As Michelle Obama experiences her final days in the White House, writers are honoring her role over the past eight years in a new collection of essays, The Meaning of Michelle.
Director Ava DuVernay wrote the preface for the book, which features 16 essays about the First Lady and the impact she has had on America.
“When she made us laugh — from her mom-dancing with Jimmy Fallon to her Lil Jon parody, “Turnip for What” to the College Rap with Saturday Night Live star Jay Pharoah — she reminded us how good it feels when you can be at home in your own skin and therefore at home in your world,” writes editor Veronica Chambers.
The novel, published by St. Martin’s Press and available as of Jan. 10, contains essays from Hamilton alum Phillipa Soo, writer Roxane Gay and others.
Below is a collection of some of the most memorable quotes from the book, touching on Obama’s confidence, style, kindness and legacy.
“Even after eight years of watching them daily in the press, the fact that the most powerful man in the world is a Black man is still breathtaking to me. The fact that he goes home to a tight-knit, loving family headed by a Black woman is soul-stirring. That woman is Michelle. Michelle! That name now carries a whole world of meaning. And a whole world of memory. And a whole world of magic.”
On Michelle Obama’s visit to see Hamilton: “So poised and beautiful. She said hello to each and everyone of us. I will never forget what Mrs. Obama said, ‘This is the best piece of art that I’ve ever seen.’ I was floored. She has seen so much art in her life. Coming from her, our First Lady, the modern-day Schuyler sister incarnate, and one of the most inspirational women of our time, it was the best compliment I have ever received.”
“Whenever I think about Michelle Obama, I think, ‘When I grow up, I want to be just like her.’ I want to be that intelligent, confident and comfortable in my own skin. […] What thrills me most about Michelle Obama is that the full extent of her legacy is yet to be written. As fiercely as she has served in the role of First Lady, she has been constrained by political realities and the expectations of the role, of the whole world. When Obama leaves office in January 2017, those constraints will be gone and many incredible opportunities will be available to her.”
“At the end of the day, I think that’s what was behind all the shine that her biceps received in the media, both in the United States and all around the world: here was a busy woman who had found the time to take care of herself. She was not last on her to-do list, after her amazing kids and her extraordinary husband. She put herself first — and had done so for a long time.”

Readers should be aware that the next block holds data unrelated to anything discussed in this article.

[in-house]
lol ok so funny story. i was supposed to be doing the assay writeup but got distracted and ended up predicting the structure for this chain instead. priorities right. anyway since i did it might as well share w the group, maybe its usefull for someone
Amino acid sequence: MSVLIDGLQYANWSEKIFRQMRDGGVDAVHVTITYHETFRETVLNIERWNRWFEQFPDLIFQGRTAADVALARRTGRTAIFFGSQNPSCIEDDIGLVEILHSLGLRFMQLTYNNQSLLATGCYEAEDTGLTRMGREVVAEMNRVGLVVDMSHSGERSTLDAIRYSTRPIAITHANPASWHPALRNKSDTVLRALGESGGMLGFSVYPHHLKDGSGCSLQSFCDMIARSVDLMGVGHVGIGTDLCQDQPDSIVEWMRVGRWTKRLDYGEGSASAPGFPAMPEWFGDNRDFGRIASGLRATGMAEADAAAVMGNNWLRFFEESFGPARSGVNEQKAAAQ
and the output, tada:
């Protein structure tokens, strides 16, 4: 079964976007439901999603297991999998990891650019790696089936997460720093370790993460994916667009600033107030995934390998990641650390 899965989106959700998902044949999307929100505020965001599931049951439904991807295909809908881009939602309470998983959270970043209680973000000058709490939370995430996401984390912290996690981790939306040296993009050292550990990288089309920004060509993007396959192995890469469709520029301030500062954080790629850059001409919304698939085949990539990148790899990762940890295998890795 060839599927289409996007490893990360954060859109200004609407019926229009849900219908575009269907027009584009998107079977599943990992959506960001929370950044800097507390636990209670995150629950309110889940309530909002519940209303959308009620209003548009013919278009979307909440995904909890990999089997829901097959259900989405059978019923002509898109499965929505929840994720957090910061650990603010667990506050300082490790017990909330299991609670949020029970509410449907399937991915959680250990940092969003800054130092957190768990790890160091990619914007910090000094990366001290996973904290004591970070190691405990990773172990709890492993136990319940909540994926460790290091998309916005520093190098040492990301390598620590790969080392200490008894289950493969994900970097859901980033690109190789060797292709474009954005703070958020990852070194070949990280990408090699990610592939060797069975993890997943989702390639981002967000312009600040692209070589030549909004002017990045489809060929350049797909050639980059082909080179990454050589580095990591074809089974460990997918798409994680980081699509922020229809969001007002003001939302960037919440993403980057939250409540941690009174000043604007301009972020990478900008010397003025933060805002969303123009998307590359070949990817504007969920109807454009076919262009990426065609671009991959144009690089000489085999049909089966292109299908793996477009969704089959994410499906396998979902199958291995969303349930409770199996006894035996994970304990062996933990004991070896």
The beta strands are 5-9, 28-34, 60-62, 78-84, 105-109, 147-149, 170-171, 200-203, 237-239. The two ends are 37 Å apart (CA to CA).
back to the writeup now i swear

On Michelle Obama and Beyonce’s friendship: “Excepting Oprah and Gayle, we have rarely been treated to seeing unabashed admiration between two sisters at the top of their game. The other exception would be the Williams sisters, but then, they are actual blood kin. Black women know full well that our lives are nothing without the sisters who inspire us, pull our cards, make us laugh uproariously and show up for every manner of celebration or rescue mission, depending on what is required. […] These two Black girls win on the regular, and long after they have departed their respective thrones, Black girls will win more easily because they were here — together.”
“Yes, [during his first presidential campaign] we eventually fell in love with Barack Obama. […] But Michelle was the conduit. Michelle was the one who signaled that it was right and safe for us to do all of these things. Essentially, the anti-coal mine canary. She was our litmus test. The final and most important exam Barack had to pass. We weren’t just voting for Barack. We desired to see Barack and Michelle (and Sasha and Malia) in the white House. To be paraded and honored around the world. Because while Barack was the rock star, the headliner, it was Michelle and not her husband who we fell in love with first.”
Ylonda Gault Caviness
“Fearlessly and fiercely, everything about this startling “bad-mama-jamma” from the Chi shouted to the world: I am a strong Black woman. And not strong in that long-suffering, carrying-the-burdens-of-generations way many of us have come to know from our mamas, their mamas and the mamas before them. Strong in a brand-new way. A strong that declares, ‘You don’t get to define me. Only I get to define me.'”
“Michelle Obama is the perfect First Lady because she is imperfect. Michelle doesn’t pretend to be the perfect anything. And she admonishes women not to give in to the pressure. […] But she does aspire to excellence. […] Her complexity is her dichotomy. That is why she resonates. American society has a knack for punishing complex women. We like them to fit one mold. But because Michelle lives in the middle, no matter who you are when you look at her you see yourself.”
Tanisha C. Ford
“For Black girls, bonding time with the women in their lives over hair and clothing are moments where they find safety and comfort, where family history is exchanged, and where they have playful conversations about what is and isn’t in style anymore. […] Thus, Michelle speaks to us, Black women and girls, when she dresses. She whispers to us as she strolls red carpets, attends White House galas and ventures out on state-sponsored trips to places as far flung as South Africa and Taiwan: your body is beautiful, do not believe the lies they tell about you, you are Black and proud.”
“I would argue that she represents at least 60 percent of what America will miss most about the Obama presidency. […] She is the embodiment of what black American writer Zora Neale Hurston meant when she wrote: ‘I love myself when I am laughing, and then again when I am looking mean and impressive.’ […] “That is, I think, what befuddles and pleases and intoxicates America about Michelle Obama. It doesn’t occur to her to be anything other than herself.”